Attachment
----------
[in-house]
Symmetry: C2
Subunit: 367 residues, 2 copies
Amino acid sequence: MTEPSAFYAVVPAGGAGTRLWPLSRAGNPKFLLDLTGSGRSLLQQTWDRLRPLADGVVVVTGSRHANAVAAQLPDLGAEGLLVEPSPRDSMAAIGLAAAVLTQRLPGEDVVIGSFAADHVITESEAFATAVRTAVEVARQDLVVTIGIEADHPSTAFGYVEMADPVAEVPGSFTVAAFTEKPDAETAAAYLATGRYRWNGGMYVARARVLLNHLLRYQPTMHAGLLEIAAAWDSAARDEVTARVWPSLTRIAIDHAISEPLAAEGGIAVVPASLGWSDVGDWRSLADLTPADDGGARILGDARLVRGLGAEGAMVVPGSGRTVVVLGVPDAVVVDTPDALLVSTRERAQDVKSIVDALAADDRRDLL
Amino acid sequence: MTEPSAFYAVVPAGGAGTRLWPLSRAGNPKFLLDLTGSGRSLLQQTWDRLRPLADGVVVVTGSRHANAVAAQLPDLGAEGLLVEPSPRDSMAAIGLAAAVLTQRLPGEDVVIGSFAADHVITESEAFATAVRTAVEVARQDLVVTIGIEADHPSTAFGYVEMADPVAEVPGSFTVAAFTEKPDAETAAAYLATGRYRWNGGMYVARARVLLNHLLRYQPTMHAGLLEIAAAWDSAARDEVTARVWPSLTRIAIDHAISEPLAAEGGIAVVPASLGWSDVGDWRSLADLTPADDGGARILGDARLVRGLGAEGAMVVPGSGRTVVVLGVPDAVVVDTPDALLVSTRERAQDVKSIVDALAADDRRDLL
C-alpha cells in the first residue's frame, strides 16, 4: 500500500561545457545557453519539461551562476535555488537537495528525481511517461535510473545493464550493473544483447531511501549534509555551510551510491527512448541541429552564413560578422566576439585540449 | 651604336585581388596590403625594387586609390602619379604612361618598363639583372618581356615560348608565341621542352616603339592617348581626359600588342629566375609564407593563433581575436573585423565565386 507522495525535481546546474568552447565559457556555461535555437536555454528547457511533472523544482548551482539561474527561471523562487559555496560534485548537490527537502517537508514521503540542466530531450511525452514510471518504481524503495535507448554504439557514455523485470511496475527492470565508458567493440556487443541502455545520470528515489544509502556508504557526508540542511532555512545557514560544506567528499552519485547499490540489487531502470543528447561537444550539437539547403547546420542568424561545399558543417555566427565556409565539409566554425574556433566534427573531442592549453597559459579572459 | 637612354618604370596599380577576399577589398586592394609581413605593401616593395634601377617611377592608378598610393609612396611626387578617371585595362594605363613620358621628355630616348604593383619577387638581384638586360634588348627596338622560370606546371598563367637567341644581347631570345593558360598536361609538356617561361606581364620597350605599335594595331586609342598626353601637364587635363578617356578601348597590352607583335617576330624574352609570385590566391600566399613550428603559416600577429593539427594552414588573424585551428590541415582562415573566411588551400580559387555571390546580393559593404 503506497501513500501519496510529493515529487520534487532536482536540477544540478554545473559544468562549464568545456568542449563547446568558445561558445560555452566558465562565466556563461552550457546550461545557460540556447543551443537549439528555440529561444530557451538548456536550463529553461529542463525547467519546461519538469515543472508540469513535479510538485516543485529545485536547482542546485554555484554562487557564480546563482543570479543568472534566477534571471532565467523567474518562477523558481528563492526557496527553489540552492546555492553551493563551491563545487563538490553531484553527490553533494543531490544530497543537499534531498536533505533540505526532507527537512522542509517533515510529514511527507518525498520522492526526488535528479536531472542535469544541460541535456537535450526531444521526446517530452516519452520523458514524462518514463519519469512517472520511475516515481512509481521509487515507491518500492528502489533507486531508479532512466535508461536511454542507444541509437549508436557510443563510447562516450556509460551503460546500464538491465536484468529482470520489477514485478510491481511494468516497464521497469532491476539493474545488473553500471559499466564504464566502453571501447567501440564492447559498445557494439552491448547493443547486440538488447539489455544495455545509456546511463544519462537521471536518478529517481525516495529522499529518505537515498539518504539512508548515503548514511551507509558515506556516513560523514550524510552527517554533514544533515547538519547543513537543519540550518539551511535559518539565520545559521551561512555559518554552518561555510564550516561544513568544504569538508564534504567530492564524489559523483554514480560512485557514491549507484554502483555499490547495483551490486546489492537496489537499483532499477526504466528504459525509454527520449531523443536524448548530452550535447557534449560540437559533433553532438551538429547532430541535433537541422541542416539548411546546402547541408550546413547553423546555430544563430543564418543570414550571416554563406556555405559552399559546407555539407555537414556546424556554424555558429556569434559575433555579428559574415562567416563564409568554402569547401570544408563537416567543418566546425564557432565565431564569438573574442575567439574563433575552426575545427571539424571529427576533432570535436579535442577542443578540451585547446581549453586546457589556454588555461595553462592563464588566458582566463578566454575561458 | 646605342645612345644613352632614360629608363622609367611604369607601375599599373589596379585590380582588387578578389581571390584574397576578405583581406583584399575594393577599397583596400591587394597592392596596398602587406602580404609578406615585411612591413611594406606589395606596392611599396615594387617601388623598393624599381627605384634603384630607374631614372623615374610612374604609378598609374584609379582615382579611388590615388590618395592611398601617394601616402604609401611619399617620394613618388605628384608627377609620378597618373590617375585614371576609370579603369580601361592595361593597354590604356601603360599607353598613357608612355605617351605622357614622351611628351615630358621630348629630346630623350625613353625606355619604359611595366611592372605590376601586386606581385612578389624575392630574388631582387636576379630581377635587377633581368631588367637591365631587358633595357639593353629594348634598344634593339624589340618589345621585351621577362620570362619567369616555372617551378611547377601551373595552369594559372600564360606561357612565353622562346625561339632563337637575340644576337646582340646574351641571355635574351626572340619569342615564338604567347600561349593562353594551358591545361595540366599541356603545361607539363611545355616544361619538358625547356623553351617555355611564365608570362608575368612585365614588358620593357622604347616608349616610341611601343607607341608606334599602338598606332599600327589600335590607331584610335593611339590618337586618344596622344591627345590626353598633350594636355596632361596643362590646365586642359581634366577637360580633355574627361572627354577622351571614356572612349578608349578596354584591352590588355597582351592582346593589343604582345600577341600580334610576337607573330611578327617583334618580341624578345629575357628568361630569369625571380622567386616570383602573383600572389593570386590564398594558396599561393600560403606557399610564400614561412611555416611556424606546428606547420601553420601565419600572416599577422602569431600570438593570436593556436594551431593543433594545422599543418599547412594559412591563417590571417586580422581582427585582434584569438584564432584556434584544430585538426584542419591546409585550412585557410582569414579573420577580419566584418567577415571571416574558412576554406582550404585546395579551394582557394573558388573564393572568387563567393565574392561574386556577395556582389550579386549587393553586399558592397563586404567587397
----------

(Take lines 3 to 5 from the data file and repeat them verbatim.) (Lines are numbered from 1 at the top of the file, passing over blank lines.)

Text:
Subunit: 367 residues, 2 copies
Amino acid sequence: MTEPSAFYAVVPAGGAGTRLWPLSRAGNPKFLLDLTGSGRSLLQQTWDRLRPLADGVVVVTGSRHANAVAAQLPDLGAEGLLVEPSPRDSMAAIGLAAAVLTQRLPGEDVVIGSFAADHVITESEAFATAVRTAVEVARQDLVVTIGIEADHPSTAFGYVEMADPVAEVPGSFTVAAFTEKPDAETAAAYLATGRYRWNGGMYVARARVLLNHLLRYQPTMHAGLLEIAAAWDSAARDEVTARVWPSLTRIAIDHAISEPLAAEGGIAVVPASLGWSDVGDWRSLADLTPADDGGARILGDARLVRGLGAEGAMVVPGSGRTVVVLGVPDAVVVDTPDALLVSTRERAQDVKSIVDALAADDRRDLL
Amino acid sequence: MTEPSAFYAVVPAGGAGTRLWPLSRAGNPKFLLDLTGSGRSLLQQTWDRLRPLADGVVVVTGSRHANAVAAQLPDLGAEGLLVEPSPRDSMAAIGLAAAVLTQRLPGEDVVIGSFAADHVITESEAFATAVRTAVEVARQDLVVTIGIEADHPSTAFGYVEMADPVAEVPGSFTVAAFTEKPDAETAAAYLATGRYRWNGGMYVARARVLLNHLLRYQPTMHAGLLEIAAAWDSAARDEVTARVWPSLTRIAIDHAISEPLAAEGGIAVVPASLGWSDVGDWRSLADLTPADDGGARILGDARLVRGLGAEGAMVVPGSGRTVVVLGVPDAVVVDTPDALLVSTRERAQDVKSIVDALAADDRRDLL